July 19, 2007 -- Another contentious issue is emerging in the Iraq battle between the White House and Congress as senators from both parties are beginning to openly question whether the Pentagon has undertaken sufficiently serious planning for a U.S. withdrawal of troops, whenever that is to happen.
Sen. Hillary Clinton, D-N.Y., a member of the Senate Armed Services Committee, has since May requested a briefing from Pentagon officials as to whether they have undertaken any serious planning for a future withdrawal of U.S. troops from Iraq.
On Thursday she received a response from the Pentagon that she told ABC News was "outrageous and offensive."
The letter from Undersecretary of Defense for Policy Eric Edelman did not mince words. "Premature and public discussion of the withdrawal of U.S. forces from Iraq reinforces enemy propaganda that the United States will abandon its allies," he wrote.
"I deeply resent the administration's continuing effort to impugn the patriotism of those of us who are asking hard questions," Clinton told ABC News.
Clinton said she heard from a former Pentagon official "that there was intense pressure from the vice president's office and other places that the kind of detailed planning that's necessary to take our troops out safely was just not a priority."
The letter from Edelman, she said, gave the impression "that it's none of my business as to whether or not the Pentagon is doing what needs to be done to secure the safety of our troops."
A spokeswoman for the vice president said in response to Clinton's charge, "We want to see an Iraq that can sustain government and defend itself. This is in our national security interest."
Clinton was not the only official expressing concern. At a hearing Thursday, Sen. Richard Lugar, R-Ind., the senior Republican on the Senate Foreign Relations Committee, urged the Bush administration to prepare for an exit from Iraq, saying that Pentagon officials and others in the government "are not prepared for these contingencies, they may be executed poorly, especially in an atmosphere in which public demands for troop withdrawals could compel action on a political timetable."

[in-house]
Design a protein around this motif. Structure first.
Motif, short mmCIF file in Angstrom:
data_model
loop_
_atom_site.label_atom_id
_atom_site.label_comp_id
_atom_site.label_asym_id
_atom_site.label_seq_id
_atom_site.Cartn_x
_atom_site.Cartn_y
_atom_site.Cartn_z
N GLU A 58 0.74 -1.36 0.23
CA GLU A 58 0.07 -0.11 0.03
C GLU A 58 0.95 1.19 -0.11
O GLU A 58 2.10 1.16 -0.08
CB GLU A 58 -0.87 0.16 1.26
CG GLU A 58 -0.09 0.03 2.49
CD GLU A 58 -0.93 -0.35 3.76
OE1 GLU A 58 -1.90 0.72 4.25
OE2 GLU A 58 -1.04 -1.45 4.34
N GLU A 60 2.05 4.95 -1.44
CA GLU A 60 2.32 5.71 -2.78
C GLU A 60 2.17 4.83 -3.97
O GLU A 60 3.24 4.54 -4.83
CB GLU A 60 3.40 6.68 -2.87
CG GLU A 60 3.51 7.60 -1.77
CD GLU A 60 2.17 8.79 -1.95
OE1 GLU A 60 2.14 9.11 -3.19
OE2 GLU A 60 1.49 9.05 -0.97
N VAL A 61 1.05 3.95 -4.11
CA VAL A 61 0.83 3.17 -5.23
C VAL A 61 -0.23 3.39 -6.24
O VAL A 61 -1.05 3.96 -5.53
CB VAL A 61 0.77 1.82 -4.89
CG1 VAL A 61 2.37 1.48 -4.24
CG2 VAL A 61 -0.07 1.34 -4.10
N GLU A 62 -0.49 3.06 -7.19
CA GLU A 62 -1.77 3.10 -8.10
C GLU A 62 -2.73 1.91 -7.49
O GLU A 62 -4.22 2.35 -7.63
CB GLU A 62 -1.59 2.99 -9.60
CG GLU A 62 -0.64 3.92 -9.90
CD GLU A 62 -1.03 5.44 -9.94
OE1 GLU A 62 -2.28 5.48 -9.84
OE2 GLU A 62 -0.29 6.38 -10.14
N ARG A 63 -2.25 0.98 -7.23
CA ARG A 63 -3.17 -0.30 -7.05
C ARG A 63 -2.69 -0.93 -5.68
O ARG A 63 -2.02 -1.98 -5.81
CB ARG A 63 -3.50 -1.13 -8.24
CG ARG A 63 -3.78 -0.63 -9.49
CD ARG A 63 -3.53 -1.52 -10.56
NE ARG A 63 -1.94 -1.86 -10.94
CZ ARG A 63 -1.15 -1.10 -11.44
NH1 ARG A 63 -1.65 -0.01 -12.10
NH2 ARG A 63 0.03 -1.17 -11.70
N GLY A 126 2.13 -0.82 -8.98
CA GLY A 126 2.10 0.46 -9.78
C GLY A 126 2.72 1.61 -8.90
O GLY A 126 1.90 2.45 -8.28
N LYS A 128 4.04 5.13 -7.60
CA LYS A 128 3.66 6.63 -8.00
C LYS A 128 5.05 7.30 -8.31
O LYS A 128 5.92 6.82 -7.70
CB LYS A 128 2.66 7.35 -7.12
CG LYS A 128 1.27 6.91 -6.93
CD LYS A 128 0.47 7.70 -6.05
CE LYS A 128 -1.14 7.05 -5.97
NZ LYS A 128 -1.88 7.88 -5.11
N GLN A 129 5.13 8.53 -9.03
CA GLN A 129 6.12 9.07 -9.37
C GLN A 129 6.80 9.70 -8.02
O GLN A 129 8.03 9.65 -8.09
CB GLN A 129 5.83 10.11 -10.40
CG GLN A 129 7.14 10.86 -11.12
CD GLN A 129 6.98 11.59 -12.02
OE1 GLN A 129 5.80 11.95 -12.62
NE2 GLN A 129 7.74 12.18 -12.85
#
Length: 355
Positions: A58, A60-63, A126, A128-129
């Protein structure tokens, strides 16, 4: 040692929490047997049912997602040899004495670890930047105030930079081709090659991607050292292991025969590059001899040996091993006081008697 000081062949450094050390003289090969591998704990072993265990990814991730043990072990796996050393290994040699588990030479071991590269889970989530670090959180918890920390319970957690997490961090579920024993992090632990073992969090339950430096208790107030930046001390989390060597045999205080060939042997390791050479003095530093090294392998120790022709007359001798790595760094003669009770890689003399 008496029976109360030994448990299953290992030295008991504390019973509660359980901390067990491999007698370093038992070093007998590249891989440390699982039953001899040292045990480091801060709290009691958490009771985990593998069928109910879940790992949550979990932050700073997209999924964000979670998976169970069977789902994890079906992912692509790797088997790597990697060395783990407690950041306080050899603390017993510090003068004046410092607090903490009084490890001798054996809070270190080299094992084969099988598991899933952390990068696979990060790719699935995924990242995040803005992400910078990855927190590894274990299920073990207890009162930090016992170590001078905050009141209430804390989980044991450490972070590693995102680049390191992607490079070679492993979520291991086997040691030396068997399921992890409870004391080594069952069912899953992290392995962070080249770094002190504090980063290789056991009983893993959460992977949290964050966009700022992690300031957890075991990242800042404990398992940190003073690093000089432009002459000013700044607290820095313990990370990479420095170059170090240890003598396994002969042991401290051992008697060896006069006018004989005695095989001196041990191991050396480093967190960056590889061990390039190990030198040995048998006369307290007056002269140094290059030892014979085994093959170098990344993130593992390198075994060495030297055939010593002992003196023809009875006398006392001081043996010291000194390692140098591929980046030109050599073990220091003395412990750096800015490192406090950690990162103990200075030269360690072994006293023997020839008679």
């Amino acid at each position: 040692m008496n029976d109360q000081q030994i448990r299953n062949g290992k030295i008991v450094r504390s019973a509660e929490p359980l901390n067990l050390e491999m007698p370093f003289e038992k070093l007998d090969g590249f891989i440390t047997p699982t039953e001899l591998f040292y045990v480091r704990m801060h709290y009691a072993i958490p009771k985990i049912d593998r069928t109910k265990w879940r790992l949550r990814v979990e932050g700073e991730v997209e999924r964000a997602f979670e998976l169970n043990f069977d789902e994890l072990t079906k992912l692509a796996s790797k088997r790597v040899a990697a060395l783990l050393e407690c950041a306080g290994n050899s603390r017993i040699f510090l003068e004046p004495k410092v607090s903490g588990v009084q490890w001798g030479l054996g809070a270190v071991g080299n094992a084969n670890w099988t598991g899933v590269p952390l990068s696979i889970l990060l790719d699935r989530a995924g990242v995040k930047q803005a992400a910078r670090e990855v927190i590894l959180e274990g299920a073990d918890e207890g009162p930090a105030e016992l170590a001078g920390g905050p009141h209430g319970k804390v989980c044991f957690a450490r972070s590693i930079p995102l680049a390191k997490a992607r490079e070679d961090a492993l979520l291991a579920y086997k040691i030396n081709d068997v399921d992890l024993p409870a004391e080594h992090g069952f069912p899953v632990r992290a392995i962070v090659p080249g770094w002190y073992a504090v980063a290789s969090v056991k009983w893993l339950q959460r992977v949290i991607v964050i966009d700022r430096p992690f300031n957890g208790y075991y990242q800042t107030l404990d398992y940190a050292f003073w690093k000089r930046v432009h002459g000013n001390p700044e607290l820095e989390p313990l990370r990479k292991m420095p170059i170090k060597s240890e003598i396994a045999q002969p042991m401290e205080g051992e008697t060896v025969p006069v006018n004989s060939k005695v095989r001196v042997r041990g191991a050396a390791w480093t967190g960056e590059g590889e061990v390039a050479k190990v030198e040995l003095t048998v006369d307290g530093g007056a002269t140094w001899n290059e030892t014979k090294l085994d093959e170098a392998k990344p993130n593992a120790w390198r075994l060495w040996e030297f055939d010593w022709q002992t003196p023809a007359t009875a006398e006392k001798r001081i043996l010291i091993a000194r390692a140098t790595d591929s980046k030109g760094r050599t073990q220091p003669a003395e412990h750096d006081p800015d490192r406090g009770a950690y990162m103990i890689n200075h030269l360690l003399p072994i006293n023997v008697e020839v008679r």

Lugar and the former chairman of the Senate Armed Services Committee, Sen. John Warner, R-Va., seem to share Clinton's concern, having introduced legislation that would require the president to plan for a withdrawal of U.S. troops and report on those plans to Congress by October.
Clinton said the briefing she requested can be closed-door and classified.
"There are so many questions about how we would withdraw troops," she said. "The only way out -- unless we were able to go North into Turkey, which we were not able to do when the preemptive invasion began -- means we would have to go through some very dangerous territory along roads."
Clinton said she worries "that we will compound the danger to our troops if we don't plan carefully. And there's no reason to have any confidence in the planning of this administration. They have consistently demonstrated a level of incompetence that I find deeply troubling."
Asked in May about plans for troop withdrawal, the chairman of the Joint Chiefs of Staff Gen. Peter Pace said, "We have published no orders directing the planning for the overall withdrawal of forces. We do have ongoing replacements of forces, and we do change the size of the force over time so that that system is available to either plus up or draw down, but we have published no orders saying come up with a complete plan for total drawdown."
ABC News' Z. Byron Wolf and Jon Garcia contributed to this report.